> Suburban department stores existed.  One drove to them and parked for
> free right there.  Downtown department stores required a bus trip or
> paying to park in a multi-level garage, although stores sometimes
> stamped your ticket so you didn't have to pay.  In small towns affluent
> people would travel to a large city seasonally to update their
> wardrobe. Some still do this today.
>  >>>The alternative was mail order. Delivery was generally 28 days not
> overnight<<<
> Non-local mail went by train, and only took a few more days than local.
>  First class packages could cross the country and be delivered in a
> week or so.

Sure the post was faster than 28 days. But I'm pretty sure that if you
ordered from the Sears(?) Catalog it said that orders would be
delivered in 28 days not 7 days.
>  >>>If you went on holiday then sharing the bathroom/toilet with other
> guests was normal in most hotels.<<<
> Again, not in the US in mainstream hotels and motels.

Interesting. Certainly something that was common in Europe (not at 4*
hotels of course but at the more basic 1* and 2* ones)
>  >>>People still died from diseases like Small Pox or Polio<<<
> Not in the US in 1959.  Smallpox vaccine had been around for close to
> 200 years and the Salk polio vaccine, which had to be updated annually
> or so was in widespread use.

Should have made clear I was looking at the global situation. Small
pox was still a killer in parts of the world in 1959. Polio ditto. The
Salk vaccine was sufficiently new that people in 1959 would almost
certainly know (of) someone who had polio. These days hardly anyone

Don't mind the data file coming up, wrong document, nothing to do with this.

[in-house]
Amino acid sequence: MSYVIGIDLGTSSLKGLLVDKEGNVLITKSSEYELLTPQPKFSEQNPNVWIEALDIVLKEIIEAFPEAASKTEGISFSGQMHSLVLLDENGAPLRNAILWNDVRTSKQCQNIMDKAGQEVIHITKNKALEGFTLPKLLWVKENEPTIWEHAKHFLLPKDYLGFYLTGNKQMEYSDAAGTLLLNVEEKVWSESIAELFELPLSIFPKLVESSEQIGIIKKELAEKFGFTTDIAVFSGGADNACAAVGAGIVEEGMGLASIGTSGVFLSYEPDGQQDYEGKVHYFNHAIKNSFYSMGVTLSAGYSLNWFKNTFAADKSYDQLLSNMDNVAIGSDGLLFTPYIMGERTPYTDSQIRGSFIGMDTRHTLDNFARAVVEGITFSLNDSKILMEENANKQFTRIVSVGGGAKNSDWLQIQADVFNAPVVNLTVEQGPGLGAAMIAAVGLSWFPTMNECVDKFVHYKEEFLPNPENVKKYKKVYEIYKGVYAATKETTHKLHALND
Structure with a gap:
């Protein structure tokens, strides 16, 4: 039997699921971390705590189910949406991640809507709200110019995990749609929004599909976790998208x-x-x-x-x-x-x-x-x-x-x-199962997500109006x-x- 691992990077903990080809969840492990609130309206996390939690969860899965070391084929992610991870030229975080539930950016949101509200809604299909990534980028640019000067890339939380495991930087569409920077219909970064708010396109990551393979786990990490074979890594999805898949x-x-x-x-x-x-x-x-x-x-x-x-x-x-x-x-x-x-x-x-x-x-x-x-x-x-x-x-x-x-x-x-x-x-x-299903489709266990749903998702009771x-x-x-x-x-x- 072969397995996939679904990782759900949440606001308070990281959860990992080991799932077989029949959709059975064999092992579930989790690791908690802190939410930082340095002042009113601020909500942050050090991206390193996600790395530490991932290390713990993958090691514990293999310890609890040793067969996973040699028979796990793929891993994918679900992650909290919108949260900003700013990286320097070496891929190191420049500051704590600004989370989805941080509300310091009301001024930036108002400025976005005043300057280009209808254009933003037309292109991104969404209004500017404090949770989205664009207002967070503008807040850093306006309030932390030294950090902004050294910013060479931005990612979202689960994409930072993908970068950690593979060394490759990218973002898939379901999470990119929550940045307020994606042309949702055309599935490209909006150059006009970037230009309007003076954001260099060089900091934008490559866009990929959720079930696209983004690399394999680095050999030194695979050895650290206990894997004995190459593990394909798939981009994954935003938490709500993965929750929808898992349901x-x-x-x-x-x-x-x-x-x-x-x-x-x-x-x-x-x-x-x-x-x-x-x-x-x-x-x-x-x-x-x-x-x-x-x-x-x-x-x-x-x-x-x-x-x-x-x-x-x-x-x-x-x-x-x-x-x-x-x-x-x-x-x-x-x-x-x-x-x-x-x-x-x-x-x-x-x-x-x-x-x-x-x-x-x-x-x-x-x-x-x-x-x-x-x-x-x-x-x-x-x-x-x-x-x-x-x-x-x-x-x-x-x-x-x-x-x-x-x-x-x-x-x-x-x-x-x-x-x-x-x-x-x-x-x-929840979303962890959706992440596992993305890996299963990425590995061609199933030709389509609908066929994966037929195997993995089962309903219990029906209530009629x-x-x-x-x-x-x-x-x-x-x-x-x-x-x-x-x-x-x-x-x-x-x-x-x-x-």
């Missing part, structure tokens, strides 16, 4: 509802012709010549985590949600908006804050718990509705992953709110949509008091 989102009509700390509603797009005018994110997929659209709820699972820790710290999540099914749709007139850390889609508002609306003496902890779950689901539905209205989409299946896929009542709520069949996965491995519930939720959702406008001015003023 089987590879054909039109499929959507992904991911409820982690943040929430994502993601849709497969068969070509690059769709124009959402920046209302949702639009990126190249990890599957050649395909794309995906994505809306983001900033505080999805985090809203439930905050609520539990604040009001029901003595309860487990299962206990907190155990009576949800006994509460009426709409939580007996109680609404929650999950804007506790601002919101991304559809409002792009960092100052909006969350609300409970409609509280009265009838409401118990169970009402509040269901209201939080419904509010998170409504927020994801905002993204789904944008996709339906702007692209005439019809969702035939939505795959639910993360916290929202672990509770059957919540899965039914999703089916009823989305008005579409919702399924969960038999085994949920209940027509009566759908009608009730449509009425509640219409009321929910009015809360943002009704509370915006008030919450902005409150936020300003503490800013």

>  >>>Heart attacks were usually fatal, and if not you generally couldn't
> recover from them because the surgeries and pharmaceuticals we have
> today did not exist.<<<
> Only big ones were fatal.  After little ones you took your digitalis
> and nitroglycerin, cut back on starches, and avoided stress and
> exercise.
>  >>>Telegrams were still in common use<<<
> Telegrams were rare and used for ceremonial situations.
Correction noted. I think it might be better to say Telegrams still
existed. I don't think you can send one today.
>  >>>It was usual to use the operator to connect a phone call<<<
> Only for long distance calls

Again we're getting into semantics. There were a large fraction of
types of phone call were an operator was required to connect the call.
In 2009 the operator is only required for things like reverse charges
>  >>>Party lines were common<<<
> Never knew anyone who had one.  By 1959 they existed only in extremely
> rural areas.
>  >>>It was common to wait months to get a phone line<<<
> Not so in the US
>  >>>There was little or no choice in phone,<<<
> True, the only thing you could choose was color and whether it was
> wall-mounted or on a table/desk.
>  >>>In the US segregation was normal.<<<
> The military had be desegregated earlier by President Truman.  Public
> schools were in the process of integrating.  Bathrooms and water
> fountains were segregated in some parts of the country but not others.
> I remember seeing signs labeling them for white or colored while on a
> trip, and thinking that was very odd.

Again I should have reworded to specify that I meant  in certain
regions of the US and amongst certain classes of people.

Faber's Fourth Law:
  Necessity is the mother of strange bedfellows.